A Royal Mummy Murder Mystery: Was Pharaoh Ramesses III Assassinated?

It's a question that has bothered Egyptologists for over one hundred years: was Ramesses III murdered?

The Mummy of Ramesses III
Certain papyri record the trials of men and women involved in a plot to assassinate the pharaoh, but from these alone, it is difficult to tell whether the king survived the attempt on his life. One thing is sure, however, this was a large scale harem conspiracy, centred on a lesser royal wife called Tiye, who hoped to place her son, Prince Pentaweret on the throne; she was aided, not by a few scheming nobles, lurking in the shadows of the palace, but by a host of high ranking members of the administration, recruited by the chamberlain to the plot. Members of the treasury and army were also involved, as well as palace serving staff and scribes. Not content to rely solely on physical strength to overcome the king, the conspirators stole books of magic from the royal library, and used the instructions within to form wax figurines, designed to harm the royal bodyguard, and wax gods to hurt the king.

Whatever happened to Ramesses III, the plot was ultimately unsuccessful, and Ramesses IV, the intended heir to the throne succeeded him. The conspirators were sentenced to death, forced to commit suicide, or mutilated. Punishments were extended to family members too.

Now, when trying to determine whether Ramesses III survived the plot or not, you'd think that having his body would be a definite advantage, but no, all examinations proved inconclusive. When Gaston Maspero partially unwrapped the body in 1886, he found its bandages had hardened due to a thick resin coating; much to his disappointment I'm sure, the linen couldn't be removed without damaging the mummy. He did find 'mysterious figures drawn onto the bandages, however, and an image of the god Amun as a winged ram. These were unusual additions to the usual 'mummy package' and again raised the question, what had happened to the king?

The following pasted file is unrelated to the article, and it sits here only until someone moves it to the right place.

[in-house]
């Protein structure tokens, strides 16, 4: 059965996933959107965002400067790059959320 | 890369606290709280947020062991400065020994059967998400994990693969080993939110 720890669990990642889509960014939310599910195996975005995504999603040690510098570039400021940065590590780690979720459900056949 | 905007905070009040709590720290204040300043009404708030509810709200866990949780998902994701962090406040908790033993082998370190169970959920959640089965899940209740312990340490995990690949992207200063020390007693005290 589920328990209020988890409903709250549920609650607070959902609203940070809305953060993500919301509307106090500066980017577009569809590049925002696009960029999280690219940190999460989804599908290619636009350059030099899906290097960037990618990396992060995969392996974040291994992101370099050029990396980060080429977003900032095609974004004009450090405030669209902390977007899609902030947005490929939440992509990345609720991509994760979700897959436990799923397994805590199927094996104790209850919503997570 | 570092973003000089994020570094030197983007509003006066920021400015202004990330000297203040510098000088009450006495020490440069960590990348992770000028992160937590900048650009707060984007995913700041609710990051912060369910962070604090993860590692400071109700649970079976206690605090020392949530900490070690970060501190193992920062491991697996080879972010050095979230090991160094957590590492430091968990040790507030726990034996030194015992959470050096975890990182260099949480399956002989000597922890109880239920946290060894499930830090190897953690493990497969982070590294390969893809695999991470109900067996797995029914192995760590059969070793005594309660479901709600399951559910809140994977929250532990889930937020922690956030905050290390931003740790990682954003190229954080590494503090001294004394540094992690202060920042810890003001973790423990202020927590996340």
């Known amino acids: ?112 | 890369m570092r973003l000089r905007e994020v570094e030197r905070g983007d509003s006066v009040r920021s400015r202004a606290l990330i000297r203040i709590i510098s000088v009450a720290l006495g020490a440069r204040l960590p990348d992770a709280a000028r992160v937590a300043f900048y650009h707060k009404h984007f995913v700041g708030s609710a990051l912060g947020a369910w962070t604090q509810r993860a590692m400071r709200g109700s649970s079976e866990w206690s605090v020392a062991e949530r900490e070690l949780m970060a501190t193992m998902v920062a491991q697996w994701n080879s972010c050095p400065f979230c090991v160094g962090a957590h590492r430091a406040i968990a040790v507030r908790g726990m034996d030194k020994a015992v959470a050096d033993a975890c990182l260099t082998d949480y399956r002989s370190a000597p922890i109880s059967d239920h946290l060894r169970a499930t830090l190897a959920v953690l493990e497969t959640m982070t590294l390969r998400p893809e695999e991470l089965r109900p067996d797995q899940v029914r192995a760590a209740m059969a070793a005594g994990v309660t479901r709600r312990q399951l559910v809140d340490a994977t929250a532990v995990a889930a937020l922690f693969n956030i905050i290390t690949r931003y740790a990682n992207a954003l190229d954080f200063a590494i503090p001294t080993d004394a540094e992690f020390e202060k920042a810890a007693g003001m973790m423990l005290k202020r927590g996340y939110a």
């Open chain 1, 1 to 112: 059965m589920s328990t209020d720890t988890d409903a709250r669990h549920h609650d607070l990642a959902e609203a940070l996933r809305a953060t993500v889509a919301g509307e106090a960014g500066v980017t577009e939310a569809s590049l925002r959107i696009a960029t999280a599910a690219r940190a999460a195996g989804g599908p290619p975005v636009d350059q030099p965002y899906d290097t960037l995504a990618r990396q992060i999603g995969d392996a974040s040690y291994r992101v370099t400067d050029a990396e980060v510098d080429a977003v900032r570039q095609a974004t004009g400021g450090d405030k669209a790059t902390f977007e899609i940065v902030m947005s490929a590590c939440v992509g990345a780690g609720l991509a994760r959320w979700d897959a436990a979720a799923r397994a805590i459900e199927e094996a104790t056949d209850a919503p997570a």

This question couldn't be answered. Until now. 

Published in BMJ (Dec 2012, http://www.bmj.com/content/345/bmj.e8268), a recent study of Ramesses III's mummy, using CT-scanning and forensic analyses, has shown the unfortunate king to have a deep wound at his throat, perhaps caused by a knife. The attacker, it seems, sliced into the pharaoh's neck, cutting through his trachea, oesophagus, and large blood vessels, undoubtedly killing the king immediately. The royal embalmers, unwilling to commit their king to eternity with a gaping wound, placed a wedjet-eye (The Eye of Horus) into the cut to magically re-seal it (the Eye represents a return to completeness), and wrapped multiple layers of linen around his neck. Today, adorned with his linen scarf, Ramesses looks chic enough for a causal stroll down the banks of the Seine;  he only lacks his beret and cigarette. No wonder no one believed he'd been murdered, he seems far too serene.

But murdered he was, if the report is to be believed, and not only him - the research team also think they've found the body of Prince Pentaweret, previously known only as Unknown Man E. His DNA showed him to be related to Ramesses III, and there is a good chance that he died by strangulation (though the trial papyri state that Pentaweret killed himself, making strangulation a rather unlikely cause of death). His body was then mummified. Badly. As if the embalmers, were instructed to "get it done, but don't waste too much time on it." His internal organs and brain, typically removed during mummification, were left within, and his body was then covered with a 'ritually impure' goatskin.  In this condition, he was found in 1886, stored in the royal mummy cache at Deir el-Bahri (DB 320) alongside his father.

So now the arguments can begin afresh. Will the academic community challenge the results of the study? What further interpretations can be read into the evidence at hand?

Have we heard the final word on the demise of Ramesses III?